KANKAKEE — Police have been questioned. Mayors have been cited. Prosecutors have been challenged. All in regard to the scope of the problem with juvenile law-breakers.

A group noticeably absent from that collection of people being queried, Kankakee County State’s Attorney Jim Rowe said, is the one closest — or at least the group that should be closest — to these offenders: the parents.

Rowe did not omit that group when he talked about the work to stop the cycle of crime which is plaguing this region.

He said no amount of after-school mentoring programs or special fishing clubs will abate this crime cycle if the parents aren’t involved in the lives of these children who eventually become entangled with law enforcement.

Speaking at Wednesday’s “2021 State of the County” breakfast presented by the Kankakee County Chamber of Commerce, Rowe asked a simple question of those gathered at the Knights of Columbus banquet room.

“Where are our parents?” he asked. “It’s time to start calling them out. It’s time to start pushing back. We have to start holding the parents accountable.”

After the two-hour program, the two-term state’s attorney expounded on his comments which pointed the finger of crime problems squarely at parenting — or more correctly — the lack of parenting.

“Where are these parents when their kids are out until 2 or 3 in the morning? When kids are out shooting up the community?” he asked. “Parents have the ability to prevent this. They are not taking their jobs seriously. It’s my opinion that many of these parents are actually empowering kids doing this.”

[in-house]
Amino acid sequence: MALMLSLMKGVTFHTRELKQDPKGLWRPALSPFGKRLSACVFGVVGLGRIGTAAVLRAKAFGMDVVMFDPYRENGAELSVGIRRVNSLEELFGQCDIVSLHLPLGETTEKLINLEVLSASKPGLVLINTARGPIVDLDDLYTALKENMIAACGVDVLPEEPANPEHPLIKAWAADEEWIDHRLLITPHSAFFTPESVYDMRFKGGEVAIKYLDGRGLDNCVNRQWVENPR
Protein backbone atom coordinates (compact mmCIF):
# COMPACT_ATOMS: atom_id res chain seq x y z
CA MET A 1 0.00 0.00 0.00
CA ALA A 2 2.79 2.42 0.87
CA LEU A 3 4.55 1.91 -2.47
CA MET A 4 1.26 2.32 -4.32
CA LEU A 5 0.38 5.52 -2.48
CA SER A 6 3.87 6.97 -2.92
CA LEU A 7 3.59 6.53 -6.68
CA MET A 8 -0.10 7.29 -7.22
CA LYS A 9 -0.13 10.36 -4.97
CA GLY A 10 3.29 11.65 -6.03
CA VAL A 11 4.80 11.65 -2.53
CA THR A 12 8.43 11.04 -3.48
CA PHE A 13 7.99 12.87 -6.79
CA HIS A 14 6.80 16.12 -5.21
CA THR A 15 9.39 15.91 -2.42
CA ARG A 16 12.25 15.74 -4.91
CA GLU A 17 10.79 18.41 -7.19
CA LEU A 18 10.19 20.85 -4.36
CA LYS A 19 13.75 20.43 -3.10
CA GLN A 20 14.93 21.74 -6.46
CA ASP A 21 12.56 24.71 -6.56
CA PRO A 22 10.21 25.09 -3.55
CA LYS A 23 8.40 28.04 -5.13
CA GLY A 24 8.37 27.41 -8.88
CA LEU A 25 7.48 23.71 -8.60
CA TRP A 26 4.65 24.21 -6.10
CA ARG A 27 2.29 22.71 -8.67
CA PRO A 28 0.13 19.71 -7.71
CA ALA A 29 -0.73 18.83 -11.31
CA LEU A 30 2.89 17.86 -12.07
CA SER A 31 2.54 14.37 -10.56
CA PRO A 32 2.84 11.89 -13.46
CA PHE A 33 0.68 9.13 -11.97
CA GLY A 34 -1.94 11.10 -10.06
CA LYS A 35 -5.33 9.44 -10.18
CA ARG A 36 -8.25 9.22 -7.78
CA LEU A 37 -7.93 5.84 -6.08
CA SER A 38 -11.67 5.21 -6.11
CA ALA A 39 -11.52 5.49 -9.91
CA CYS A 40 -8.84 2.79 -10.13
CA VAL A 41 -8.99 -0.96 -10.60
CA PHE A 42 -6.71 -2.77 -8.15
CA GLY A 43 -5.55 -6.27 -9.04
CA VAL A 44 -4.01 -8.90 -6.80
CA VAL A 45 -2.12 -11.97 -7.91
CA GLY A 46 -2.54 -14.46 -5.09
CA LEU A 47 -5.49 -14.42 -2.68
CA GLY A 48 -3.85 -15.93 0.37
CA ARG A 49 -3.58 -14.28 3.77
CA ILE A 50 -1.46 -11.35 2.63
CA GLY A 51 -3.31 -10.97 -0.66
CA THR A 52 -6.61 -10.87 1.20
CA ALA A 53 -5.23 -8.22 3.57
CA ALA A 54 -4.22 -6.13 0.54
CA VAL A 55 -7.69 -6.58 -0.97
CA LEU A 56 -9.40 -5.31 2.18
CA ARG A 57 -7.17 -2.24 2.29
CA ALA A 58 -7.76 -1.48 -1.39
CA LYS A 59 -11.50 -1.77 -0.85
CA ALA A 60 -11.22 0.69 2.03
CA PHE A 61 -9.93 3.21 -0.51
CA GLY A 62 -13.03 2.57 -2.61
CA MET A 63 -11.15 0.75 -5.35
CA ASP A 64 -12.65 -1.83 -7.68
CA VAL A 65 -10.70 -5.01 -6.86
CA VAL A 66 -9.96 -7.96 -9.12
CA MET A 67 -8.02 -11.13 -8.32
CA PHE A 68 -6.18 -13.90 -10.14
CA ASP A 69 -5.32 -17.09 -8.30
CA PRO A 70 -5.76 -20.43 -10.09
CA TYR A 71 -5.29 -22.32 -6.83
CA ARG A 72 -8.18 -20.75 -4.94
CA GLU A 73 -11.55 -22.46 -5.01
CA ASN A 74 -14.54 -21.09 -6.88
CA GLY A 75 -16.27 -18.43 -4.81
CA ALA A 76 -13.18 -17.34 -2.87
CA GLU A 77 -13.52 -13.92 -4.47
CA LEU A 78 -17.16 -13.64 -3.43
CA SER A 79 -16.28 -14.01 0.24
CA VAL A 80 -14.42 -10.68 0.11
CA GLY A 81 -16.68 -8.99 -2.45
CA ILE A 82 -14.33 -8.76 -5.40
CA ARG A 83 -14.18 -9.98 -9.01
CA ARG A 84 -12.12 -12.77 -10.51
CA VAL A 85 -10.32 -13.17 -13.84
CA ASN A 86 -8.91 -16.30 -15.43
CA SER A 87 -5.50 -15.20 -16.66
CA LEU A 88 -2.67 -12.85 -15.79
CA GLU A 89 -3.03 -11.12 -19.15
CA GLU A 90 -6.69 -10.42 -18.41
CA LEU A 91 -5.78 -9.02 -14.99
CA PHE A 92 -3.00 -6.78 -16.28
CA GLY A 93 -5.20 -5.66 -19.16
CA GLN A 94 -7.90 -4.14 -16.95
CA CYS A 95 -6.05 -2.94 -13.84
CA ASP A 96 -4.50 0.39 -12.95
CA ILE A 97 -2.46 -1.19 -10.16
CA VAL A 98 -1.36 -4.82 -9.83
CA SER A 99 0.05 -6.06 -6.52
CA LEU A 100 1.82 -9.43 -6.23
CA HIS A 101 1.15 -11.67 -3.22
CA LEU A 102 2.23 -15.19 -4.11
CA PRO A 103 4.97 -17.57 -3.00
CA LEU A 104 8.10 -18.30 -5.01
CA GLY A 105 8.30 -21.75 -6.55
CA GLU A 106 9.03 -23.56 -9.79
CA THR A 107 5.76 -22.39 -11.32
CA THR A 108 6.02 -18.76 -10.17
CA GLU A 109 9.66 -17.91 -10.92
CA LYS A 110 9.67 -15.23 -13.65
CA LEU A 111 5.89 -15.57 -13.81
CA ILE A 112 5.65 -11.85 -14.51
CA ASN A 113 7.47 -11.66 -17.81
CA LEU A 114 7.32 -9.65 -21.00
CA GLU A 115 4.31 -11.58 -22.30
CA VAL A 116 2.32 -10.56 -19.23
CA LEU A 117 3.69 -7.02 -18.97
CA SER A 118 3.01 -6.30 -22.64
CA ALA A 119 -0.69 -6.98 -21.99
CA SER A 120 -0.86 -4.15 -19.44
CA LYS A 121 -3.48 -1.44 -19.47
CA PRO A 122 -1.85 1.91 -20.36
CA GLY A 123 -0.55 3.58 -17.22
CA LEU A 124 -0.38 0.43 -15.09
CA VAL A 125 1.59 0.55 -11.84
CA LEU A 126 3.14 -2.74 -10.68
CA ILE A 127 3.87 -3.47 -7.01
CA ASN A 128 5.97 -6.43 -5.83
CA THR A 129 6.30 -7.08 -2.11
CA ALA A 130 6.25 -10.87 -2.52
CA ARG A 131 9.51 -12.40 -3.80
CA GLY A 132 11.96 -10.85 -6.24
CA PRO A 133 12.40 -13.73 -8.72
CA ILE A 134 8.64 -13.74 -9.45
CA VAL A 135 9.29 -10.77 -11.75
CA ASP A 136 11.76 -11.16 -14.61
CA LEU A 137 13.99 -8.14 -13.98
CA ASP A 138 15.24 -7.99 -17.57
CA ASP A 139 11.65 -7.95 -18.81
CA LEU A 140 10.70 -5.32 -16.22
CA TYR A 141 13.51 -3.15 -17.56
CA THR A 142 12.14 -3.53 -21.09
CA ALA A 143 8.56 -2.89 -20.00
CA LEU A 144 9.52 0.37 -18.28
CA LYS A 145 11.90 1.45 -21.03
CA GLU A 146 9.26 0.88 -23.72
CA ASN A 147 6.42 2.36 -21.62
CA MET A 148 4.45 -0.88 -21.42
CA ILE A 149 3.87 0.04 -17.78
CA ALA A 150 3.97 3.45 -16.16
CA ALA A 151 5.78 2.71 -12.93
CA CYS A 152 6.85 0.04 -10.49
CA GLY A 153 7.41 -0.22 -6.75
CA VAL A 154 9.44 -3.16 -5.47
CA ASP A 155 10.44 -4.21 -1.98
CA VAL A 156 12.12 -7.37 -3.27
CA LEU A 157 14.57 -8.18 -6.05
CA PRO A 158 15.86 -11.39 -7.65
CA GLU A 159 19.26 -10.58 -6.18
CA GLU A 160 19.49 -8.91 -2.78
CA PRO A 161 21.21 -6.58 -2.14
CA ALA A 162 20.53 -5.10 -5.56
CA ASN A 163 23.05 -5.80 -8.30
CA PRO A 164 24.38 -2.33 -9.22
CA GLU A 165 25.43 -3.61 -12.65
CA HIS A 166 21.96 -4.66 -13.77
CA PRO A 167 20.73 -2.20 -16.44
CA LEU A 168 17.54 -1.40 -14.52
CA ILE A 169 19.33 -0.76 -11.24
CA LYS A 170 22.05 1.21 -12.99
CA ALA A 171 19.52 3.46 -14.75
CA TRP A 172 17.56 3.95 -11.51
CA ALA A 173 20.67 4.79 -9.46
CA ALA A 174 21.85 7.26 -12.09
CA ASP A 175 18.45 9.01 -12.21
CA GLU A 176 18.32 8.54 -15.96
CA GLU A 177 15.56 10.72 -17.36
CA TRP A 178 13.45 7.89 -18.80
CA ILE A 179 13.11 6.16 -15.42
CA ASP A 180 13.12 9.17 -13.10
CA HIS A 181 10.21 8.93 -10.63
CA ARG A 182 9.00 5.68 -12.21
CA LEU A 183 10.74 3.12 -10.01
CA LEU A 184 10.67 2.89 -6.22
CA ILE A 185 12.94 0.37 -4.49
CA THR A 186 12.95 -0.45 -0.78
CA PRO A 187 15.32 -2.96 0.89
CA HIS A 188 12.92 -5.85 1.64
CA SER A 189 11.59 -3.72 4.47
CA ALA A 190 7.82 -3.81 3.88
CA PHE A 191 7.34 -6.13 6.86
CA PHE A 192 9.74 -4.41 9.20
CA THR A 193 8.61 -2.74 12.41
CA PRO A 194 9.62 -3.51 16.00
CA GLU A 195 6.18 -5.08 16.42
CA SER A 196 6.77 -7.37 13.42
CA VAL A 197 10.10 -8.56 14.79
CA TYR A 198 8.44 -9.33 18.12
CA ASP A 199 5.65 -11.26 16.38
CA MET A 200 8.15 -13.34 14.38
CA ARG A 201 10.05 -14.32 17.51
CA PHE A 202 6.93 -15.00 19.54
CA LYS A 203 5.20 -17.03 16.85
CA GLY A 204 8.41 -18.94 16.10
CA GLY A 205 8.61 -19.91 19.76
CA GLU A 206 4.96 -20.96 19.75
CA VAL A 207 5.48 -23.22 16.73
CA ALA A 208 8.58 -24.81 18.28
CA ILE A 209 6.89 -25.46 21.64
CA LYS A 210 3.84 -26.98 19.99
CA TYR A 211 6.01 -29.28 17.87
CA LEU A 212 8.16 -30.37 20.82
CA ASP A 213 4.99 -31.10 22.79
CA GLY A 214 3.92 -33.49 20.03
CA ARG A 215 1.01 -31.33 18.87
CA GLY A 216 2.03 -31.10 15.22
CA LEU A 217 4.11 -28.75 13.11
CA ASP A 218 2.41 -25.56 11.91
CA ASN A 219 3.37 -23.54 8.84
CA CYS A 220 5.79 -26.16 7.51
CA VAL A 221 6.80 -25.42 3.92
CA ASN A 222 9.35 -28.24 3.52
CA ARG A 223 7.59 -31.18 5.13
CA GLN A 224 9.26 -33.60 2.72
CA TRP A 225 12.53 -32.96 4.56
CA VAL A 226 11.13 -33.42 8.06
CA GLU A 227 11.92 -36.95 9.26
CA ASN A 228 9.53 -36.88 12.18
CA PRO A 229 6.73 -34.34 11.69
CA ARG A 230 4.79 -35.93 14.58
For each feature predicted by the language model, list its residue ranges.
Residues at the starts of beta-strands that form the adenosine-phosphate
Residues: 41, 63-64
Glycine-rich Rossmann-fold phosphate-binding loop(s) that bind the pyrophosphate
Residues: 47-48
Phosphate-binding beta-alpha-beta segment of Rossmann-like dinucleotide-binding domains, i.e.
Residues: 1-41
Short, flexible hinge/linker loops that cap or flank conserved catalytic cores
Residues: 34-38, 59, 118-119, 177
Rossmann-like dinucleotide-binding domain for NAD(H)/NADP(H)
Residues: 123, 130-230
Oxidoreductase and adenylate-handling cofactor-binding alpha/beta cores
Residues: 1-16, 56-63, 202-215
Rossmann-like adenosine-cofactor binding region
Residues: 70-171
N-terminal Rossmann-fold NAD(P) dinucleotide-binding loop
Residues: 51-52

He pointed to known residences of gang members where parents do battle with law enforcement, preventing them from getting to the source of neighborhood or community-wide crimes.

Rowe noted there are civil liability laws that can be used to deal with some of these matters, but there is no criminal laws to hold these problem residents accountable for the damage they are bringing to the front doors of others.

It will take action in Springfield to create such a vehicle needed to grab the attention of parents, he said.

In the most basic of terms, Rowe said these problematic young residents — in which he estimated are fewer that 15 — “are simply not being raised by their parents.”

He estimated this group of minors are likely causing 90 percent of the area’s shooting incidents.

He said some aspect of this can leave someone scratching their head.

“You know, we can hold parents accountable for not getting their kids to school, but we can’t hold them accountable when their kids are shooting up the neighborhood,” he said.

He added.

“These parents are simply AWOL, and we can’t make a parent be a parent,” he said. “But let’s make a law to make them accountable for their children’s actions.”

Without such a law, he said, the enabling behavior will continue and will likely grow.

“Right now, there is no accountability,” he said.

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Lee Provost, an award-winning reporter, has been writing local news stories for The Daily Journal since 1988. He is a lifelong resident of the region. Provost can be reached at lprovost@daily-journal.com.